? What do critics want? To like the wine they drink, of course. This is quite well expressed by the Israeli writer Daniel Rogov, who is known as that country’s Wine Curmudgeon (something we have had a giggle about). “A great many may not realize it,” he writes, “but writing a negative review pains the critic. The simple truth is that that bad or mediocre wines have a deep emotional impact for the critic, who lives for the day when he can be entirely positive.” This, I think, is the difference between honest criticism and what passes for criticism these days, and especially on the Internet. The goal is to write truly (to paraphrase Hemingway). Too, many, though, prefer snarky, since they think it makes them look clever.

Expensive wine, better wine and wine writing

Buried at the bottom of post on a Wired science blog, which recaps research on the expensive wine/better wine issue, is this:

If the only story we can tell about wine is its price, then our pleasure will always be linked to cost, even though this link doesn ?t exist in most taste tests. A much better (and more cost-effective) idea is to find some other narrative, to focus on aspects of wine that don ?t require a big expense account. Knowledge is free.

Which is a damning indictment of wine criticism — and by science writer and Rhodes Scholar Jonah Lehrer, no less. He writes that it's accepted scientific fact, based on robust research, that expensive wine isn't better wine just because it costs more.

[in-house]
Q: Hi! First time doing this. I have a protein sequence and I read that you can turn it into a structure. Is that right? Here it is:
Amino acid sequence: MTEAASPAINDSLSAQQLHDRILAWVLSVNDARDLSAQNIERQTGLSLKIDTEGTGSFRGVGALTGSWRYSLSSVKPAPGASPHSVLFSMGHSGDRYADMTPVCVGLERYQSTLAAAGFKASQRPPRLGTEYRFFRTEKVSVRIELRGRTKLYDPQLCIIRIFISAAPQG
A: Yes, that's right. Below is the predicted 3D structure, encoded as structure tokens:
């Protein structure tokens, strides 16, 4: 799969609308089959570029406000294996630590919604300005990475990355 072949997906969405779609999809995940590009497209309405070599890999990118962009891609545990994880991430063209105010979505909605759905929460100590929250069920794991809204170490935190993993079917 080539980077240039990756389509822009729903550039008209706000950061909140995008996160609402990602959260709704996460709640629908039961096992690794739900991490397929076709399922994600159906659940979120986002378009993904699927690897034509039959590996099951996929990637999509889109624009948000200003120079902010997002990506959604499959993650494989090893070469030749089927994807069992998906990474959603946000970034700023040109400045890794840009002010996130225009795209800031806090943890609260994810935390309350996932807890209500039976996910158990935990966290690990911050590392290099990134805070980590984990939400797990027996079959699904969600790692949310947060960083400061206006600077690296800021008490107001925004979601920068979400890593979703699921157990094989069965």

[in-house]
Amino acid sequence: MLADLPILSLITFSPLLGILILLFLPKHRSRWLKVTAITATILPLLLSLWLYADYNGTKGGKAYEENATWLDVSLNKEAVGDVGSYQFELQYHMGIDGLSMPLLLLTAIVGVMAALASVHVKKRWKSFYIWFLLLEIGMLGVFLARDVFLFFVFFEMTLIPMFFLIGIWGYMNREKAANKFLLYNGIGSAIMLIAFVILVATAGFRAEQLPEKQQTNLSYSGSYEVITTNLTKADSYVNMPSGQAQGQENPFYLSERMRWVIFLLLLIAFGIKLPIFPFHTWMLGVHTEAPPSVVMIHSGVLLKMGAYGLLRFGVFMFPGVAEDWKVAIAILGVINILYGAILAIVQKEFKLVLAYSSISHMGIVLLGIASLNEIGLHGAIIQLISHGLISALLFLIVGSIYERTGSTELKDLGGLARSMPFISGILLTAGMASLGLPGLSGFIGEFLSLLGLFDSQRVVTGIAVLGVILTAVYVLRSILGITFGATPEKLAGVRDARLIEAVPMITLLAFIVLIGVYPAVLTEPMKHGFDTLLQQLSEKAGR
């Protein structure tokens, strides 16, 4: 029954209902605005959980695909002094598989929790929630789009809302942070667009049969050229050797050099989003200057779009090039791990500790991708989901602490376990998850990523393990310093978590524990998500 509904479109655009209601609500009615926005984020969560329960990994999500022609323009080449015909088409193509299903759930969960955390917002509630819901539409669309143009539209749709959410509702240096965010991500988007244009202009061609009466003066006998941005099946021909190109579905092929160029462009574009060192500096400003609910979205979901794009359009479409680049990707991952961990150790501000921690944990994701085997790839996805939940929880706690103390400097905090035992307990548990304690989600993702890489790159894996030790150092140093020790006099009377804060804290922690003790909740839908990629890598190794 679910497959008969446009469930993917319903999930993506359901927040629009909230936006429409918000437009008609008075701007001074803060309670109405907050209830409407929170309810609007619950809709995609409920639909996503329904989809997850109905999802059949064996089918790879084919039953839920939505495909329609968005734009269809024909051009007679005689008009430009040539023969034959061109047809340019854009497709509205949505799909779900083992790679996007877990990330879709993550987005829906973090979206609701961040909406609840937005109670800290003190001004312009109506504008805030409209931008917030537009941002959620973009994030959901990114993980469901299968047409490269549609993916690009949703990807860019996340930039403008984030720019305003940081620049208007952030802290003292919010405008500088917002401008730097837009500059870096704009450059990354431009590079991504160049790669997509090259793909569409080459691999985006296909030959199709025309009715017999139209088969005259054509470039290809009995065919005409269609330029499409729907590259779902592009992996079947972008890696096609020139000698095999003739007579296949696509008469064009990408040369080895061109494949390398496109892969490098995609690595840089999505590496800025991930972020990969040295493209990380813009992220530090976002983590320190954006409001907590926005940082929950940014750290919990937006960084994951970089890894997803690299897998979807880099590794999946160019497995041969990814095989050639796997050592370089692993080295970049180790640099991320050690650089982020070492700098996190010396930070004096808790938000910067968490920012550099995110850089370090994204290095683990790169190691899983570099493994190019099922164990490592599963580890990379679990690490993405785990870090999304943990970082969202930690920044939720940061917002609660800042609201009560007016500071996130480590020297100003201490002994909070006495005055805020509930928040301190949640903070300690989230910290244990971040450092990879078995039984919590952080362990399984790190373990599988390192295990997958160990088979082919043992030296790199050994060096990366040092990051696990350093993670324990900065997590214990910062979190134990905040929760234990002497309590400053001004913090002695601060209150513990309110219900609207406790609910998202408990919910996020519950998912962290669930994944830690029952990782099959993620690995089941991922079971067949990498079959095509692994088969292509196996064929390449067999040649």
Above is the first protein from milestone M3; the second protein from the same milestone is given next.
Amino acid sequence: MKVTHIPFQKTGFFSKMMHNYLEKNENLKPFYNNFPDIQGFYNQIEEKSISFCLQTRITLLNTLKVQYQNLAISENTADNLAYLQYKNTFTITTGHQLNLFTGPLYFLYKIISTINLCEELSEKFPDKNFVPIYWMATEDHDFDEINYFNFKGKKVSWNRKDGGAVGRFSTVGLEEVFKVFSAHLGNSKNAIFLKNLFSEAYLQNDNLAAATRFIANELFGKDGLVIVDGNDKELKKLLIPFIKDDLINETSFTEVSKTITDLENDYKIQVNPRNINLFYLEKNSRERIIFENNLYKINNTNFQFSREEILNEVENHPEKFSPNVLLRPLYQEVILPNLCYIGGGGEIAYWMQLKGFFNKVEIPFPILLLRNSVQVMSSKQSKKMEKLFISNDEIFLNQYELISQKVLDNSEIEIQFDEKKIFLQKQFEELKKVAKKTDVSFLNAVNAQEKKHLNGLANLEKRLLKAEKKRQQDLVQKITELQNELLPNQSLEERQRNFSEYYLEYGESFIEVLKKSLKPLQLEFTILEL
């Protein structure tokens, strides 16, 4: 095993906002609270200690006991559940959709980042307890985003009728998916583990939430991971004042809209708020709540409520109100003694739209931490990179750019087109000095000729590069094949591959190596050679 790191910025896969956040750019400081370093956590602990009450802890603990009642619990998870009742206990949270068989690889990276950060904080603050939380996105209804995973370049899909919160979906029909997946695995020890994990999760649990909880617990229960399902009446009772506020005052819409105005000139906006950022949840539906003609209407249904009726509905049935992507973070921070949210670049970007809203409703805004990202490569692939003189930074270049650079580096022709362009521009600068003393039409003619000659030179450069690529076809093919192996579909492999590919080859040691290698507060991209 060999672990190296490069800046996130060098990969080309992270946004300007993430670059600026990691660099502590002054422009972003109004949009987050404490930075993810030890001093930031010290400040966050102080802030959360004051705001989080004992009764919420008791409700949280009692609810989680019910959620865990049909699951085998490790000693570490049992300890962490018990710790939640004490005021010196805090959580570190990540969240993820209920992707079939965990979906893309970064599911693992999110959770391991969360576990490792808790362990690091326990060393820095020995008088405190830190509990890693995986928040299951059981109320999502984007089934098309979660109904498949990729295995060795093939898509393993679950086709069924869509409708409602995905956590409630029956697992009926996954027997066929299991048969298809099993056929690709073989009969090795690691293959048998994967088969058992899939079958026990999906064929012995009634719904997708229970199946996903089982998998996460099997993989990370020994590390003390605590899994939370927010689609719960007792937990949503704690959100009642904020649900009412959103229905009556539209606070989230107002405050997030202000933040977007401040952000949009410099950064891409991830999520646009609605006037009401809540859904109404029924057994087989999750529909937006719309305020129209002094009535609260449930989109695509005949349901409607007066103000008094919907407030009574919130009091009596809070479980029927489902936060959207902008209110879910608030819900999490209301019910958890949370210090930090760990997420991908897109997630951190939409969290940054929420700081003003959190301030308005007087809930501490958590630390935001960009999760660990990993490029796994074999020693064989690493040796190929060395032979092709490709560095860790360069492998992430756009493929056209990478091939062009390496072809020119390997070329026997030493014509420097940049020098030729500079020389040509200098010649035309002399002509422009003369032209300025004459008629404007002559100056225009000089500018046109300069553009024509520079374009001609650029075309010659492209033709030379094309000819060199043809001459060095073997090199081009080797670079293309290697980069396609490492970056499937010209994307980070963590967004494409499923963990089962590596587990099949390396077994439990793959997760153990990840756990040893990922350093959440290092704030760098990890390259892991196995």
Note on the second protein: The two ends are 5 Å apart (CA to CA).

Then Lehrer asks the question that no one in the wine business wants to ask, let alone answer: If there is no correlation between wine price and quality, why does wine writing insist there is? Why doesn't wine criticism deal with what Lehrer calls the subjectivity of taste: "We ?ve somehow turned the most romantic of drinks into a commodity worthy of Consumer Reports."

Regular visitors here know how the Wine Curmudgeon feels about that. What's interesting about Lehrer's post is the perspective he brings, which is to understand that there is more than "wine" going on when we drink wine, and he touches on neuroscience, psychology and even philosophy. What happens, he writes, is that "if we think a wine is cheap, it will taste cheap."

All of which, of course, is something that those of us who write about wine rarely take into account. Even I'm guilty of this sometimes. Championing cheap wine just because it's cheap is its own form of snobbery, and just as insidious as any other form of snobbery. What's better, says Lehrer (and what I hope I do more often than not), is criticism based on education. "We should realize that we can make our wines much more delicious, if only we take the time to learn about them," he writes.

Which seems so obvious, and yet is so rarely done.

High alcohol: The controversy continues

What kind of a stir would a food magazine cause if it said it was going to list the ingredients in its recipes? None at all.

But the wine business is not the food business. Only in wine would a controversy ensue when the San Francisco Chronicle and Decanter magazine, two of the leading members of the Winestream Media, announced each would start listing alcohol levels for the wines it reviewed. Said the Chronicle's Jon Bonne: ".. [W]e resisted printing them regularly because the act of bringing alcohol into the discussion of a wine is inherently political."